Generation Z — the generation born between 1997 and 2012 — is coming of age during a unique and difficult economic moment. The oldest Gen Zers are now halfway through their 20s.
Some graduated from college smack in the middle of the pandemic. Now, they’re dealing with the highest inflation in 40 years and volatile markets. So, how are Gen Zers approaching their financial lives?
Some go clubbing. Investment clubbing, that is. Over Memorial Day weekend, 25-year-old Guy DeWeever II invited some friends over to his house in Dumfries, Virginia. They’re all part of an investing group of young Black professionals. DeWeever graduated from college at the beginning of the pandemic. The job he’d lined up?
“That offer got — they didn’t say ‘rescinded,’ but they said ‘postponed, indefinitely,’” DeWeever explained.
DeWeever ended up going to grad school and is about to start work at a consulting company. But he knows he needs a nest egg. “I am planning on investing more than 50% of my income,” he said.
DeWeever’s friend, 23-year-old Emanuel Perez, estimates he lost about 40% of his nest egg to the cryptocurrency plunge. He’s going to rein in his risk and try for a cushion of old-fashioned dollars. Perez said he grew up just above the poverty line in the Virginia Beach/Hampton Roads area. He sold homemade fidget spinners in fourth grade and Smarties candy in seventh grade.
“I bought Smarties and saw that kids were crushing it up and inhaling it,” Perez said with a wry laugh. “It was in limited supply, and I saw a demand for it, and I just met that business need.”
Perez said that’s still his mindset. Same with his friend Leah Smith, who’s joined the group on Zoom from Arizona. Smith is 22, and she said people close to her have died from COVID-19: her pastor, her former babysitter.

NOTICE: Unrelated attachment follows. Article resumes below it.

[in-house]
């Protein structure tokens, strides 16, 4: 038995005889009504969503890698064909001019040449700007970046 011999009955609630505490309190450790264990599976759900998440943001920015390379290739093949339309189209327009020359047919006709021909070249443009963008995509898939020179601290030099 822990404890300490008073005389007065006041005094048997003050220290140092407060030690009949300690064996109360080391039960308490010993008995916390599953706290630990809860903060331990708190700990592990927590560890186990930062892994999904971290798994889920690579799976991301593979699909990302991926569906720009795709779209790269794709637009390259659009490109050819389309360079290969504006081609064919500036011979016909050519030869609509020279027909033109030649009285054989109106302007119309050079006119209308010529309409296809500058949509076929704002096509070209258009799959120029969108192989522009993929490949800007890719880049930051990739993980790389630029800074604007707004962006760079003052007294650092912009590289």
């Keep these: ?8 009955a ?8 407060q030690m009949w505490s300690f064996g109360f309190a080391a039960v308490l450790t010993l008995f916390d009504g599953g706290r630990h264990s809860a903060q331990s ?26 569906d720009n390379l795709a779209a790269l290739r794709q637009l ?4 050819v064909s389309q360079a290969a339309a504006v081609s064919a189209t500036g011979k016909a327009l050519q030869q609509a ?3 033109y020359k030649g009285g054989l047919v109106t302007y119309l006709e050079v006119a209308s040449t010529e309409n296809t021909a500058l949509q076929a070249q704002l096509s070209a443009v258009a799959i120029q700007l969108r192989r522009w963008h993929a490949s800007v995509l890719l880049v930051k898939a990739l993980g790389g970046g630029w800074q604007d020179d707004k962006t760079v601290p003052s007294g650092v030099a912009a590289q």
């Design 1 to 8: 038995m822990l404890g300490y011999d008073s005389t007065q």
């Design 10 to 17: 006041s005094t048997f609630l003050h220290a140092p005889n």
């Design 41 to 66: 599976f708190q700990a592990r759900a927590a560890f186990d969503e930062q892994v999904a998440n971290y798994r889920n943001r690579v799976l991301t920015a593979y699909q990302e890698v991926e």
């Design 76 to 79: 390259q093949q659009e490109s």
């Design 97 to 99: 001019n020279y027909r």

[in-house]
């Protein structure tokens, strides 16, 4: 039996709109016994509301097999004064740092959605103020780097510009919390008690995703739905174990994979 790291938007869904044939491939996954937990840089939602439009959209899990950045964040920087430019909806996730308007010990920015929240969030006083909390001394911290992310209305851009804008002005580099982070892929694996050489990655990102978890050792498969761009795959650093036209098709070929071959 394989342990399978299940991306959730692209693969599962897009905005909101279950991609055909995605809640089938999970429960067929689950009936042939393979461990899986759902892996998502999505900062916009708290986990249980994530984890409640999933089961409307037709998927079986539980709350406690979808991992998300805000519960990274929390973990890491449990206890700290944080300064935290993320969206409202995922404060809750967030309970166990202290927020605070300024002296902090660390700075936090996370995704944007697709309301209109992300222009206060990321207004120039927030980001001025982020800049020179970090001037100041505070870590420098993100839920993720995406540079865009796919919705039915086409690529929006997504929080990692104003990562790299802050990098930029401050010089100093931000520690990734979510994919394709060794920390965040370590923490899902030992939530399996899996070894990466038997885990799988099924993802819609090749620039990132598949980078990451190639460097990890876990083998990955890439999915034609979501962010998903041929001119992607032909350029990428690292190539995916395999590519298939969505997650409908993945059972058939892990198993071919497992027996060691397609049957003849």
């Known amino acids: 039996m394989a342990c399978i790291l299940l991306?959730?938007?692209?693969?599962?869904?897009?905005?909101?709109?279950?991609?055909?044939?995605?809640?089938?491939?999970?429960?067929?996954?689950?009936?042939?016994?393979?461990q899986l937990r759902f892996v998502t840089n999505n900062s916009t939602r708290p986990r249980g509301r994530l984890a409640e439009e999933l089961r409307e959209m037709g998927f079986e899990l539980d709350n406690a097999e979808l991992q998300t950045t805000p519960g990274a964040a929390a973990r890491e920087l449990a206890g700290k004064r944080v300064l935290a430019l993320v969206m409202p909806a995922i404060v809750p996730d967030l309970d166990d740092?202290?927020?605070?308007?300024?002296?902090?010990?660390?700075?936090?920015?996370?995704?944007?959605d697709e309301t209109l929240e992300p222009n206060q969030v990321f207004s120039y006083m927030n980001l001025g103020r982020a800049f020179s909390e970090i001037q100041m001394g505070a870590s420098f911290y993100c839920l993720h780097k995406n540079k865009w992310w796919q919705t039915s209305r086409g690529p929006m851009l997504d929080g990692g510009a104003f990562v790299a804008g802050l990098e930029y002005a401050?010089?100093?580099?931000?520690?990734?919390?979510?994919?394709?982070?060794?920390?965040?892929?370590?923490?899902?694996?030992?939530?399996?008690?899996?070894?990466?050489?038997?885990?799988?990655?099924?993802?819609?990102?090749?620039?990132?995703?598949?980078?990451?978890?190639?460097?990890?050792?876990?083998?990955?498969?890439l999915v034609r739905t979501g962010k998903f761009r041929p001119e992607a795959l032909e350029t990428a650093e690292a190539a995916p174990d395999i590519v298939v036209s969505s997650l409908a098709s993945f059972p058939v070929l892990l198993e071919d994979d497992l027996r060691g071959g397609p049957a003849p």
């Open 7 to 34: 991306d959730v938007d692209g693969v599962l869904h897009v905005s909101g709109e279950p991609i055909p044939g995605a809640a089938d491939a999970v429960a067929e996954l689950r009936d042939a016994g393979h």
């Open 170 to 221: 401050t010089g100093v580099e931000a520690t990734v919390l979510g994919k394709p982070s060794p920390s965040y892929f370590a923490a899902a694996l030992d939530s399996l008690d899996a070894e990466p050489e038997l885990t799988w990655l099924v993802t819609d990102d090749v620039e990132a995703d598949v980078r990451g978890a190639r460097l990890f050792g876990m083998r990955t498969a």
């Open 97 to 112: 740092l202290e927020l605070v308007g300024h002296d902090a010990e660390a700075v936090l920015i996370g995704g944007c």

“I lost a lot of people along the way, and they had bigger dreams than mine. And I felt like, in a way, I just wanted to live out what they could have done for themselves,” she explained.
Smith’s drive impresses Ionnie McNeill, who teaches a summer program on investing for Gen Zers. McNeill herself is 34 — a millennial. She said her generation had an easier time and compares Gen Z to people who came of age during World War II.
“I’m starting to see those same qualities and traits in Gen Zers because of when they were born, the experiences that they’re having to encounter,” she said.
Older Gen Zers remember the 2008 financial crisis. Twenty-three-year-old Jim Zieleman is a data scientist in Gainesville, Virginia, and is about to start a new job that pays six figures. But he never feels financially secure because of what he saw growing up.
“I remember my dad, he would come home and he was like, ‘Oh — I got laid off today.’ And then he just sat around for, like, a year applying for jobs.”
Zieleman’s parents had savings. But some of his friend’s parents didn’t and lost their homes to foreclosure. Zielman said he’ll buy a home when he’s saved up enough to pay entirely in cash. He hates debt.
That’s no surprise to Kristi Rodriguez, who heads the Nationwide Retirement Institute. Their recent survey found that other Gen Zers say they’re putting off big purchases like houses or cars because of inflation. And, Rodriguez said, around 15% of the Gen Zers they talked to are reducing contributions to their 401(k) retirement plans.
“But when you impact your retirement savings, that could potentially, you know, determine how long you work, determine the lifestyle that you want to live,” she said.
That’s been a theme at the investment club meeting at Guy DeWeever’s house. DeWeever’s friend Tobi Plumpter tells the group he had been contributing 10% of his salary to his 401(k) but cut it to 6% because of the cost of living.
“When I started realizing that — ‘Hey, where is my paycheck going?’ I realized that maybe I’m over-allocating my investments. Let me lower my investments into my 401(k) down a bit,” he told the group.
He’s also rethinking plans to buy a new car.
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